Brooklyn-based artist Sofia Maldonado sees the world from the point of a 32-inch deck on four wheels, exploring the counter culture surrounding skateboards in much of her work. The muralist and painter transforms abandoned swimming pools into fantastical oases that serve as bowls for masterful tricks and reconfigures banal plywood ramps with interconnected shapes. Her imagery documents the rebellious spirit of the characters that clamor around skate-related locales, creating backdrops for discourse in her public murals.
Brightly-colored winding vines and long sloping bodies that come to a calligrapherâs point and taper off into droplets make up her landscapes that are full of Caribbean colors extracted from her San Juan upbringing. Girls amid thorny gardens and, naturally, the requisite mischievous skater boys, populate the scenes, mixing fantasy with reality.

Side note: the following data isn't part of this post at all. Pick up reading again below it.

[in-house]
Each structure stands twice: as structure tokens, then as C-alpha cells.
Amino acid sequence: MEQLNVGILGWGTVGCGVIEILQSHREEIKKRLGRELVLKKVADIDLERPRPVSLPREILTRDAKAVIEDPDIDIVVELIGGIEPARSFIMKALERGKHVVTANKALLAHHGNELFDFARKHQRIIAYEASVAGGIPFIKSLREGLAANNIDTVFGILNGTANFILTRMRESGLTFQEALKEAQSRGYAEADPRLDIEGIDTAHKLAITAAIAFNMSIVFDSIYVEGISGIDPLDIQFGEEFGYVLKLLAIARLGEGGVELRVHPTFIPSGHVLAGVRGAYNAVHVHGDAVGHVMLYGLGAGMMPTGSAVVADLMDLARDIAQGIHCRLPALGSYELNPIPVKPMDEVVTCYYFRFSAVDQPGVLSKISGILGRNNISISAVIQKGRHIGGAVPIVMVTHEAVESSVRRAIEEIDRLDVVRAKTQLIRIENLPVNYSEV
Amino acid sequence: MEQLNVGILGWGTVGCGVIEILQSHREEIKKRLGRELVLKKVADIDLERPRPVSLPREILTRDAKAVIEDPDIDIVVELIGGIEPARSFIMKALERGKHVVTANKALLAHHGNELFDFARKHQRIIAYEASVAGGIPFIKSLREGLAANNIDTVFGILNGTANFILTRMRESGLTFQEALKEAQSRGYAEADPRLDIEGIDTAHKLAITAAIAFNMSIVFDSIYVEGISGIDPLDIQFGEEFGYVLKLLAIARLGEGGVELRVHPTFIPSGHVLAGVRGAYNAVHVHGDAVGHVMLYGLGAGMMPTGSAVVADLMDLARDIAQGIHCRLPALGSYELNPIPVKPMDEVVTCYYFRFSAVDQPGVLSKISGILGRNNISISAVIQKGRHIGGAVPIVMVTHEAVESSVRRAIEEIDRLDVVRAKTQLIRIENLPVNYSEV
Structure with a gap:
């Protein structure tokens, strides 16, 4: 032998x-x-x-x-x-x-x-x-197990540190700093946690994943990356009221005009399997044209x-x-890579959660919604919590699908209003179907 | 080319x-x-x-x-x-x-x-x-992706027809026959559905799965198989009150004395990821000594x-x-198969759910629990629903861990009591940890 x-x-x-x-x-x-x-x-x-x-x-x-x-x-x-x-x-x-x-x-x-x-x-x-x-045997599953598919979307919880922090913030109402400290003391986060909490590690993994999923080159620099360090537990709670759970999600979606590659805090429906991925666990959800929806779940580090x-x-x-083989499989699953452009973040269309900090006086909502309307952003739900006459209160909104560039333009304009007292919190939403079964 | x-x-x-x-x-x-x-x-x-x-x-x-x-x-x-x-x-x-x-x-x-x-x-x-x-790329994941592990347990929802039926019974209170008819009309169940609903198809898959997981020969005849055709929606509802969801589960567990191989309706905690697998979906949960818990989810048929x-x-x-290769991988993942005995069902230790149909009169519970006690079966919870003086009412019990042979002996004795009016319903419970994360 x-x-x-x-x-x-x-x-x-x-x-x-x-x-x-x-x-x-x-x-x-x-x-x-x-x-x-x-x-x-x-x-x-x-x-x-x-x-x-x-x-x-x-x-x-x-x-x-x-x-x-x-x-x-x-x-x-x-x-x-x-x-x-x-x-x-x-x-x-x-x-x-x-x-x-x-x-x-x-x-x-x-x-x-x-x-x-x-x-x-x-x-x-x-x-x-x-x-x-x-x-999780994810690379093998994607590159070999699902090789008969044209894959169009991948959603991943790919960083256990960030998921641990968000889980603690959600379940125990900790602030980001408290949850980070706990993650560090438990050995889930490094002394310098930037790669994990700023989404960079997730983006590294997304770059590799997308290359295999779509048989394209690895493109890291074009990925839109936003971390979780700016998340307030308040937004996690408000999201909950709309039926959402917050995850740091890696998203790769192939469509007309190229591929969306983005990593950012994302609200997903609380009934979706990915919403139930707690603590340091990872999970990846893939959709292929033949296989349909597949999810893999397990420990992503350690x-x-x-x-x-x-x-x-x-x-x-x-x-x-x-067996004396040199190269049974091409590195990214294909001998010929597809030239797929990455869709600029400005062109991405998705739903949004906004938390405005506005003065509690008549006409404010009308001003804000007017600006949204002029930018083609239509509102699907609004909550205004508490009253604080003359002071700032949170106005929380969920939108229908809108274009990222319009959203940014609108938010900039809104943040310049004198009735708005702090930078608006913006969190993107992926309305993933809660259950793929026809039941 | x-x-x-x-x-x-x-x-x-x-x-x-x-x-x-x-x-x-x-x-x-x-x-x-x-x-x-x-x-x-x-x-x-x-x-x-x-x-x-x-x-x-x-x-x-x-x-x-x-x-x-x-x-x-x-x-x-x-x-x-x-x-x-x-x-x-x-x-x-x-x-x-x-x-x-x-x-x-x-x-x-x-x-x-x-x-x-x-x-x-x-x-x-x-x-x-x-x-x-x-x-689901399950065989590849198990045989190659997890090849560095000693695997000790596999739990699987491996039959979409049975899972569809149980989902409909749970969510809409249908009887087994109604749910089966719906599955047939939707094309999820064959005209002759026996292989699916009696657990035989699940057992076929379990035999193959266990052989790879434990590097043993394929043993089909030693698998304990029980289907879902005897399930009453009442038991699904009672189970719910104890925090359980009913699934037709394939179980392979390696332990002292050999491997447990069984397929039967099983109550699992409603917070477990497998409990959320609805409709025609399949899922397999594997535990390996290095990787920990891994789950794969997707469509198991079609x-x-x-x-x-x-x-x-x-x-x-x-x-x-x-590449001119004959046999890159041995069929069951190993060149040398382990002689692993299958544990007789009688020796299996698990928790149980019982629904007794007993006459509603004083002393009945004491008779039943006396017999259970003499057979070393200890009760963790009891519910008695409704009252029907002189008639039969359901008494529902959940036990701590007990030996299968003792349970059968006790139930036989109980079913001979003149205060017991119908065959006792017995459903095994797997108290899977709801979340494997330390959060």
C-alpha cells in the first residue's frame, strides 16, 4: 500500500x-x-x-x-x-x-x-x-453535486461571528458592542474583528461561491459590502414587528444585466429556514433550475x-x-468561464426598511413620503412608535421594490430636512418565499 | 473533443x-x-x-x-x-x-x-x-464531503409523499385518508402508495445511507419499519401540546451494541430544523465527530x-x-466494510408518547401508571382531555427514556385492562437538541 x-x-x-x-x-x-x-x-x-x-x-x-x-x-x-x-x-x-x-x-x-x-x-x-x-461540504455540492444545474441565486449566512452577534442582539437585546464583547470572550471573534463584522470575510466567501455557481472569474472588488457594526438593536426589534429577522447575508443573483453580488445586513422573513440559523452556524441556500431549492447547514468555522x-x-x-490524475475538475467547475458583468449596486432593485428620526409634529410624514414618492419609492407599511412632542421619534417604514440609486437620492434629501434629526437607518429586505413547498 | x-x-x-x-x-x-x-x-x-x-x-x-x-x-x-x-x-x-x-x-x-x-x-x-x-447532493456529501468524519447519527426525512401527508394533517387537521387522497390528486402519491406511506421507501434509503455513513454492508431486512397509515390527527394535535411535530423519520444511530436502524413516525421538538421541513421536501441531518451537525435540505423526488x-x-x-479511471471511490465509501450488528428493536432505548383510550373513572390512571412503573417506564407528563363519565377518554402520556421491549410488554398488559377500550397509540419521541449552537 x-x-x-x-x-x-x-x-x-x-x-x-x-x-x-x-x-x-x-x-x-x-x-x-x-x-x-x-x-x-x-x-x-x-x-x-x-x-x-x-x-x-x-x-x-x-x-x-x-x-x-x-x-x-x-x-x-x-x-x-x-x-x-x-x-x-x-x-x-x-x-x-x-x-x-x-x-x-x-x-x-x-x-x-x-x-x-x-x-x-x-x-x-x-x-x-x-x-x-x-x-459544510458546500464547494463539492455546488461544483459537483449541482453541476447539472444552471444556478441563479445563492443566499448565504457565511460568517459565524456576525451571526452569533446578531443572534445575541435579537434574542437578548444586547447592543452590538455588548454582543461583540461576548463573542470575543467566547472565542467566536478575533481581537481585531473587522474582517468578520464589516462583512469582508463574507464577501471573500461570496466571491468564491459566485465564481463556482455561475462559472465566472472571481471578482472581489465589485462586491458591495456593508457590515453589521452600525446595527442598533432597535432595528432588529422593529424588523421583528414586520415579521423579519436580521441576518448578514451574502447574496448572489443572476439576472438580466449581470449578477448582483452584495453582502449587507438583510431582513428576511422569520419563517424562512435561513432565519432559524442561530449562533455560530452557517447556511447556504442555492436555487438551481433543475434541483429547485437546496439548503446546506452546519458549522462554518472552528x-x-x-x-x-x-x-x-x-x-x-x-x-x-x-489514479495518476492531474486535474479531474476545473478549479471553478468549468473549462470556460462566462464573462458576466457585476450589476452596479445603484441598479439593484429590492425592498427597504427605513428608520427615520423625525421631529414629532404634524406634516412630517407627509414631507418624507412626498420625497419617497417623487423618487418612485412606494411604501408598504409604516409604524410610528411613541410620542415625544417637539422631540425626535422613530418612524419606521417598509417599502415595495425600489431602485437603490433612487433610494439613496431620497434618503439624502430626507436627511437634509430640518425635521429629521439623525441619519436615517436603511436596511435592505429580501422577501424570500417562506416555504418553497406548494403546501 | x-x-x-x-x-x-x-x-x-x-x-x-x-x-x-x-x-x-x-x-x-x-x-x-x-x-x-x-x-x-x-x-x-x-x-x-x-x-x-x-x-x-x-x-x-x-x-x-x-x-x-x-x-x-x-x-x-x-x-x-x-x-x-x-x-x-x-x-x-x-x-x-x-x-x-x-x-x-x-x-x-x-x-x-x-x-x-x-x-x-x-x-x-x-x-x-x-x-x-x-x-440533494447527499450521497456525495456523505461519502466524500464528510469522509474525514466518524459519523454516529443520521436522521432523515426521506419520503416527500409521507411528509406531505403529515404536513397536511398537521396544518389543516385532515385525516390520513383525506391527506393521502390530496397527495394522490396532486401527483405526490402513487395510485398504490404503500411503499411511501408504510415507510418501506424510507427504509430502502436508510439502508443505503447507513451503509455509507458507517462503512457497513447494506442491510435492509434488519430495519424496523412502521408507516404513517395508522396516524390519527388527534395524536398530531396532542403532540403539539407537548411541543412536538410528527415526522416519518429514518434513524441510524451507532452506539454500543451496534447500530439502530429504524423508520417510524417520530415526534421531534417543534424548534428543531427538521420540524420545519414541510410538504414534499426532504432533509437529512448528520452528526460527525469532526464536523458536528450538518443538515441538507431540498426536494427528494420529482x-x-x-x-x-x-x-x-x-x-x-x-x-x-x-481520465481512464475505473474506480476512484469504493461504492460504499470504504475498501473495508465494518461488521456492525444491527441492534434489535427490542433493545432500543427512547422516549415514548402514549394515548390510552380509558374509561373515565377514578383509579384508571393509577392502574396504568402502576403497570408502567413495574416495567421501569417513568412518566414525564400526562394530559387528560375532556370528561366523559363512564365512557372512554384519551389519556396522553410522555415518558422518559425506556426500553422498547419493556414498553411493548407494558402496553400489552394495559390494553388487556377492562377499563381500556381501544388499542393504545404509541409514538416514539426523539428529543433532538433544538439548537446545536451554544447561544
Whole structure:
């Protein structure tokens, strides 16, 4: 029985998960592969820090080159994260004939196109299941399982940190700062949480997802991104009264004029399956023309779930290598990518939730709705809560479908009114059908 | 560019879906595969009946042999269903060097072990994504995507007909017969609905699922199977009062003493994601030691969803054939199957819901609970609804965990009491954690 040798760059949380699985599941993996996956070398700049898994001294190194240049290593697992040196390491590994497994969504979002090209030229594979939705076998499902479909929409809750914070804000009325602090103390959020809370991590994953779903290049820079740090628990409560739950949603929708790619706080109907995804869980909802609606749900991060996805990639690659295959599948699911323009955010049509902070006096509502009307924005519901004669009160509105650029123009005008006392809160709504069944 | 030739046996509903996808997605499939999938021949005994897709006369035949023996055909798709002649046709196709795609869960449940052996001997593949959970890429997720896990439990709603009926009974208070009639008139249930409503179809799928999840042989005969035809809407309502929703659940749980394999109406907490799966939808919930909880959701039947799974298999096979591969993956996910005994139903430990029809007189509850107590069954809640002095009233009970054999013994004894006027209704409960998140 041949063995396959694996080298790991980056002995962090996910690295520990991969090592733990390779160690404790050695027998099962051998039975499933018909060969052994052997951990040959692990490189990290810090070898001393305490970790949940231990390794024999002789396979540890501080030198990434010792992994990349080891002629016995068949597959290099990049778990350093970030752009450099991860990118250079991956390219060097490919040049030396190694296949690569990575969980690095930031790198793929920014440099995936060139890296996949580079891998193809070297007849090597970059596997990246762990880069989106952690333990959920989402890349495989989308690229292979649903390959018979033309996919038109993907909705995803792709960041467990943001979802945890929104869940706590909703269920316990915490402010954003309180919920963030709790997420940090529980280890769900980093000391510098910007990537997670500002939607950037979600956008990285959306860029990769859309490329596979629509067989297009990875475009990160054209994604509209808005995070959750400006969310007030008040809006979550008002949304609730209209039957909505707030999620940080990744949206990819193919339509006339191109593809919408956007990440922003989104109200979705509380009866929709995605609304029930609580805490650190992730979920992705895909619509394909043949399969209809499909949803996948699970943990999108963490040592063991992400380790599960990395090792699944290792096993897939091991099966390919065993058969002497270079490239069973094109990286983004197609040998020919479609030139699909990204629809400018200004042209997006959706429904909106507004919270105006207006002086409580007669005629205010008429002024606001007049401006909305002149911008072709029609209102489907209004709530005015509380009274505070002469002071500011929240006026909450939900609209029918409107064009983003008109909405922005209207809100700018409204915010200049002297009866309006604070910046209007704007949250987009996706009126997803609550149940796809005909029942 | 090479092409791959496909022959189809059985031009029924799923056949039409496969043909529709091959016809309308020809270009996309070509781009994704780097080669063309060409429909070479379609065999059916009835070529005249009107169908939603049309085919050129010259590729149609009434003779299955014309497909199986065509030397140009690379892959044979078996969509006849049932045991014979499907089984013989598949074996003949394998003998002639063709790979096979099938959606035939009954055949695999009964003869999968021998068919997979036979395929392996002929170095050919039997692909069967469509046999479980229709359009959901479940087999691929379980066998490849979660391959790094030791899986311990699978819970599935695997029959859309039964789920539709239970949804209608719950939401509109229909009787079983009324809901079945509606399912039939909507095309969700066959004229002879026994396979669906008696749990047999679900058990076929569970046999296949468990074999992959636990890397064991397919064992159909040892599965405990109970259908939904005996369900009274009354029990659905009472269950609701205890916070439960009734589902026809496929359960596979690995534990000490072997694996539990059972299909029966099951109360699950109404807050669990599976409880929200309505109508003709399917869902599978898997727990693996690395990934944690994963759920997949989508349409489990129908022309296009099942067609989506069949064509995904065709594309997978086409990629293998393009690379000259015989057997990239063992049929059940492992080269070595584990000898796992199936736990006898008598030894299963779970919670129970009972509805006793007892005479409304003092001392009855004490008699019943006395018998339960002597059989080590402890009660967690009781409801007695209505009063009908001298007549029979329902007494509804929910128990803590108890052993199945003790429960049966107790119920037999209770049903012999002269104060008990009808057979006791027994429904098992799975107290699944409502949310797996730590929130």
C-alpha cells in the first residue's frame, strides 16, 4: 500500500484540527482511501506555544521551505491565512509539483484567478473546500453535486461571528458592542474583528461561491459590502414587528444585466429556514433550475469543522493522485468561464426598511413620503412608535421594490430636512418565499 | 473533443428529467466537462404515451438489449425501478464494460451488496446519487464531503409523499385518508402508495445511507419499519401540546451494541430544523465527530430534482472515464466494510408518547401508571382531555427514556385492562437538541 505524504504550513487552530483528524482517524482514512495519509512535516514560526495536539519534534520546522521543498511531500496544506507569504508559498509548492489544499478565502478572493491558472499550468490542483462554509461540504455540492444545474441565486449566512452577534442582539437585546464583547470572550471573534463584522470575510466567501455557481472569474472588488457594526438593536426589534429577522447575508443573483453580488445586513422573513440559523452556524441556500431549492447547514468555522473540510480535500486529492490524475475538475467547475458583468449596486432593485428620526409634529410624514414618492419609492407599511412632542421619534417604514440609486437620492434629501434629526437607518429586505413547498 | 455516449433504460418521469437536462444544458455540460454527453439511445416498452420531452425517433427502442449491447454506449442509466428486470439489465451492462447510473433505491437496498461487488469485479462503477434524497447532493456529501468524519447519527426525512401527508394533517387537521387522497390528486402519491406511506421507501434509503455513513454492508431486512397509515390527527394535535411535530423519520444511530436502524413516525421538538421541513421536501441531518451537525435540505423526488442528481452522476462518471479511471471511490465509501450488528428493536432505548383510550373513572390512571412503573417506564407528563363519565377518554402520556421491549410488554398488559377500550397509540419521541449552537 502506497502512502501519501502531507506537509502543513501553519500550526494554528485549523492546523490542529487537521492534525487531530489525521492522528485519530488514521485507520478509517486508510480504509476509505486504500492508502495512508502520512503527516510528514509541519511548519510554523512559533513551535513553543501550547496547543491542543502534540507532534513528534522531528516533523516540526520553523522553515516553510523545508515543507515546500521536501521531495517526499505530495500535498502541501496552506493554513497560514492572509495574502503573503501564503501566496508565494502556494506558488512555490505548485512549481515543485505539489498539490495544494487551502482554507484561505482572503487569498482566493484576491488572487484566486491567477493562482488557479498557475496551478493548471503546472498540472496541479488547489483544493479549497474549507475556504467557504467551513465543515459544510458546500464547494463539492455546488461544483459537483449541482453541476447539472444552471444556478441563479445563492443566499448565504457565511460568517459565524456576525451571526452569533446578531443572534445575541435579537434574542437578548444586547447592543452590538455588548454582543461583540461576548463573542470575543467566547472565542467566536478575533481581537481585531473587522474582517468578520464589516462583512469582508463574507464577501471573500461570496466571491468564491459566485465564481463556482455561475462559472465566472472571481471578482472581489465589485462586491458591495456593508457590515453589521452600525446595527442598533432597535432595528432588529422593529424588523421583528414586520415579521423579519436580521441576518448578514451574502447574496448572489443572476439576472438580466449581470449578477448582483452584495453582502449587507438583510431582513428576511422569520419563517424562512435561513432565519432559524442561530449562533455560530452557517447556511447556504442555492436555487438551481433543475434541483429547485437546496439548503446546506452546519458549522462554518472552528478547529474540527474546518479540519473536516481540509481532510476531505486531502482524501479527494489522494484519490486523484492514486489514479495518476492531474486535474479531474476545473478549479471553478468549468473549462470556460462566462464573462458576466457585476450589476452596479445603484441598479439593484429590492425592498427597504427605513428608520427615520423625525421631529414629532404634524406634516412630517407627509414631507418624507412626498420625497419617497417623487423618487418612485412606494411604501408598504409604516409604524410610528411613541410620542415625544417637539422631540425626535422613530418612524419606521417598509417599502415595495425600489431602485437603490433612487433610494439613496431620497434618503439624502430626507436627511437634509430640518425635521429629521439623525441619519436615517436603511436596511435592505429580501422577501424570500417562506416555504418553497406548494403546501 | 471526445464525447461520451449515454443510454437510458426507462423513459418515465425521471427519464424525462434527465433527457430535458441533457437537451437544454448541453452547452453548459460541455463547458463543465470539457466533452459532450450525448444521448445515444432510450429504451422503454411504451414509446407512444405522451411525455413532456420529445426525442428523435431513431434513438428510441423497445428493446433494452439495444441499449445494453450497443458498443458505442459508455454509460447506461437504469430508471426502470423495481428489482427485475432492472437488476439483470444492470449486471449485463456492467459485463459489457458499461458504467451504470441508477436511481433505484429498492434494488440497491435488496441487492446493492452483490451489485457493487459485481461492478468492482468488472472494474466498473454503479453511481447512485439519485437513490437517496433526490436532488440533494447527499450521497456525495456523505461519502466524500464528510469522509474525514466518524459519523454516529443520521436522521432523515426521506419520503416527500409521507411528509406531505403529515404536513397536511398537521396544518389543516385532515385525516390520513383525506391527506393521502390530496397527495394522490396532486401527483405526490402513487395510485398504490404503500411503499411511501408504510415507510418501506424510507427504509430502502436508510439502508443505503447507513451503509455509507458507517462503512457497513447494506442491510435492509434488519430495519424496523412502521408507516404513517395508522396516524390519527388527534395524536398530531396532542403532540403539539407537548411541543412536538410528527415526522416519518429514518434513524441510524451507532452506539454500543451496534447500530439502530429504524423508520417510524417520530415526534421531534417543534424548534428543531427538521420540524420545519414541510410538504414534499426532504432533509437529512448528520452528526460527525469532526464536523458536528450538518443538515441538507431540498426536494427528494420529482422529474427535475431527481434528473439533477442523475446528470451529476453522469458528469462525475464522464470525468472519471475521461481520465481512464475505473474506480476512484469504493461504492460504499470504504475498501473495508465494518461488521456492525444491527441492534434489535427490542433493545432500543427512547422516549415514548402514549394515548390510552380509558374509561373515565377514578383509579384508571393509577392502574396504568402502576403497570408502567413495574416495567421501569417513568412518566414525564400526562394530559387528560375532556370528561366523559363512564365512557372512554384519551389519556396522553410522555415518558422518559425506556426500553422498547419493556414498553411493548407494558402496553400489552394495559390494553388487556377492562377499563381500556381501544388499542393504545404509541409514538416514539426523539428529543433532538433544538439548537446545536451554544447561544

Maldonado draws parallels between her devotion to skate culture and her activist pursuits from New York City to her native Puerto Rico, peppering references to reggaeton culture and addressing questions of gender and identity. A recent foray took her to Cuba for the Havana Biennial earlier this year, where she created Skate My Patria, an emotionally charged project, taking on her Cuban heritage. Using cast-off skateboarding parts found in the U.S. and with the support of sponsors, the project shed light on a widely undocumented, under-served youth scene through an onsite bowl mural in Cuba.
Real Art Ways, an arts center in Hartford, Connecticut, commissioned her latest mural, a wall above a tattoo parlor there. B
More images after the jump.